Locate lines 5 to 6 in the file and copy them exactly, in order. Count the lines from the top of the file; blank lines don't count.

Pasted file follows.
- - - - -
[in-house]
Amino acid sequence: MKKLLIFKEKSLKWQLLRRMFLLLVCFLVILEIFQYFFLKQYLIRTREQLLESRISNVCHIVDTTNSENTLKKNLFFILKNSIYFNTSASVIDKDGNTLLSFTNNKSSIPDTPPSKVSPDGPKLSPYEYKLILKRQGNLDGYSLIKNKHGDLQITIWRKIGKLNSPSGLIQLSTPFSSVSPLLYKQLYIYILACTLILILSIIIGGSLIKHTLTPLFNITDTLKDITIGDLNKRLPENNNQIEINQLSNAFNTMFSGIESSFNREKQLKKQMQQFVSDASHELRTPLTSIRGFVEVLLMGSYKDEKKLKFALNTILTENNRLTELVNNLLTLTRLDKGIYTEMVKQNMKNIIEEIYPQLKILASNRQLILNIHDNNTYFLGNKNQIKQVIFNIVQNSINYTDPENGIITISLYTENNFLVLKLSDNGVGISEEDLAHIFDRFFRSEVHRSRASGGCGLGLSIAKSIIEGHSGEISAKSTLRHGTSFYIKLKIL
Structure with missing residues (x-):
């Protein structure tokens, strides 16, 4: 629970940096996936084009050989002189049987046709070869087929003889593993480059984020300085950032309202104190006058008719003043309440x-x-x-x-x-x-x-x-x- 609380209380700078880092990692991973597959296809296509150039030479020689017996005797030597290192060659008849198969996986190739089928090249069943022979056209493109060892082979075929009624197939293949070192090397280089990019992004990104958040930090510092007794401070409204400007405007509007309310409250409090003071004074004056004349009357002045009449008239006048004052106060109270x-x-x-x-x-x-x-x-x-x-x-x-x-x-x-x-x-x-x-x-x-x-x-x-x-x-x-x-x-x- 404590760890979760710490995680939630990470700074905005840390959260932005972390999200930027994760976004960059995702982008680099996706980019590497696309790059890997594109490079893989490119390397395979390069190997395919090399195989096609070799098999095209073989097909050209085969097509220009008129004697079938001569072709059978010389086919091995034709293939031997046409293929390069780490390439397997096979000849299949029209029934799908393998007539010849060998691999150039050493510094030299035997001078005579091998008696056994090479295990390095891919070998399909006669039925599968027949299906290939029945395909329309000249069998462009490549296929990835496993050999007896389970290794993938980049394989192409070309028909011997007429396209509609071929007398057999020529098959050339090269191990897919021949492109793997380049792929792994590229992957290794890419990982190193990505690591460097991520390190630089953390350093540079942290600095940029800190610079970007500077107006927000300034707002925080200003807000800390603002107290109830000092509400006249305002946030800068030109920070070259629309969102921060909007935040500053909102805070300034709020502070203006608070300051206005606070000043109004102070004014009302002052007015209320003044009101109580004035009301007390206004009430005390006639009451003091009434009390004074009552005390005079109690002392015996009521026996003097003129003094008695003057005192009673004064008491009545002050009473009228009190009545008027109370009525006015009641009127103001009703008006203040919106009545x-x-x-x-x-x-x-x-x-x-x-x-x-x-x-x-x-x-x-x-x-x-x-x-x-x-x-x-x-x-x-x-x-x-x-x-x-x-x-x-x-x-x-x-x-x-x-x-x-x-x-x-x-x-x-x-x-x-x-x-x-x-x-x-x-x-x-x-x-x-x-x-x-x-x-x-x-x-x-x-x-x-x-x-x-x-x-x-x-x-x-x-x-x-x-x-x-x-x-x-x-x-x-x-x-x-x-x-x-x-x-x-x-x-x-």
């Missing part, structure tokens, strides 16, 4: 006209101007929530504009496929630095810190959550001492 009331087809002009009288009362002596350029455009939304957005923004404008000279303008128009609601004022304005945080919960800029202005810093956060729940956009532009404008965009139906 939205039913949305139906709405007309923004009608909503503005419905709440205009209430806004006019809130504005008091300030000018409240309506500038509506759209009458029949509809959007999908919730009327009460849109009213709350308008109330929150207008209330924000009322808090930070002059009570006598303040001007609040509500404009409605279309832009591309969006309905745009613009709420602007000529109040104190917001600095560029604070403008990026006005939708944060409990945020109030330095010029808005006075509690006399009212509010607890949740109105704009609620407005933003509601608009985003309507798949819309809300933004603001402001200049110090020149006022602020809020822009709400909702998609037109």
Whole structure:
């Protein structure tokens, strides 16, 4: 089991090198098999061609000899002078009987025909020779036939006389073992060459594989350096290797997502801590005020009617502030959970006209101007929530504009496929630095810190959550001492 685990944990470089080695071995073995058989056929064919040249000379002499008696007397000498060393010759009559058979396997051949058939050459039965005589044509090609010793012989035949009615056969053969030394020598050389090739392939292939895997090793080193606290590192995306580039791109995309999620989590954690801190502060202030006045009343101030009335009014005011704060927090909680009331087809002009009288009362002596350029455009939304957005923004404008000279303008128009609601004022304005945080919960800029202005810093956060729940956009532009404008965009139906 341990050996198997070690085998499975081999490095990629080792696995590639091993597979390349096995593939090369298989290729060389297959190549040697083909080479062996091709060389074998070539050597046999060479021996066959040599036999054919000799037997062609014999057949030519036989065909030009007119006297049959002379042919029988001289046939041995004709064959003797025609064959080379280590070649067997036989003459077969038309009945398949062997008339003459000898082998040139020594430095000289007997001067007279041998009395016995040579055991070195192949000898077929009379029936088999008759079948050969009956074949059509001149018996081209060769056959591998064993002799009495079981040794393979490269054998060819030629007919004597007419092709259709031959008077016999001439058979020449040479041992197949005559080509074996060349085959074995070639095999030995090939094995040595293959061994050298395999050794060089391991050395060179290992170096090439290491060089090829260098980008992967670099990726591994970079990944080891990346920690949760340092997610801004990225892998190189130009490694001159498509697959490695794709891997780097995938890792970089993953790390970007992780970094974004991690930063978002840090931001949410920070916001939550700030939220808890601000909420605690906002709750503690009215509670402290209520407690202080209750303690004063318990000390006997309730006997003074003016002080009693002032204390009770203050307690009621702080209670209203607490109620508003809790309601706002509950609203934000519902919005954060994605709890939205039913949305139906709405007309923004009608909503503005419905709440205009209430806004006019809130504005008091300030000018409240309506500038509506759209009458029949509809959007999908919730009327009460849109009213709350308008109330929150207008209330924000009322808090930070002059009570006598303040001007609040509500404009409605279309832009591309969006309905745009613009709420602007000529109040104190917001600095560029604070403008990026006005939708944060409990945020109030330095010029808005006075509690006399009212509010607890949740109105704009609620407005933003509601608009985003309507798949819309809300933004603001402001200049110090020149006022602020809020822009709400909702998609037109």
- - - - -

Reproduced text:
């Missing part, structure tokens, strides 16, 4: 006209101007929530504009496929630095810190959550001492 009331087809002009009288009362002596350029455009939304957005923004404008000279303008128009609601004022304005945080919960800029202005810093956060729940956009532009404008965009139906 939205039913949305139906709405007309923004009608909503503005419905709440205009209430806004006019809130504005008091300030000018409240309506500038509506759209009458029949509809959007999908919730009327009460849109009213709350308008109330929150207008209330924000009322808090930070002059009570006598303040001007609040509500404009409605279309832009591309969006309905745009613009709420602007000529109040104190917001600095560029604070403008990026006005939708944060409990945020109030330095010029808005006075509690006399009212509010607890949740109105704009609620407005933003509601608009985003309507798949819309809300933004603001402001200049110090020149006022602020809020822009709400909702998609037109």
Whole structure: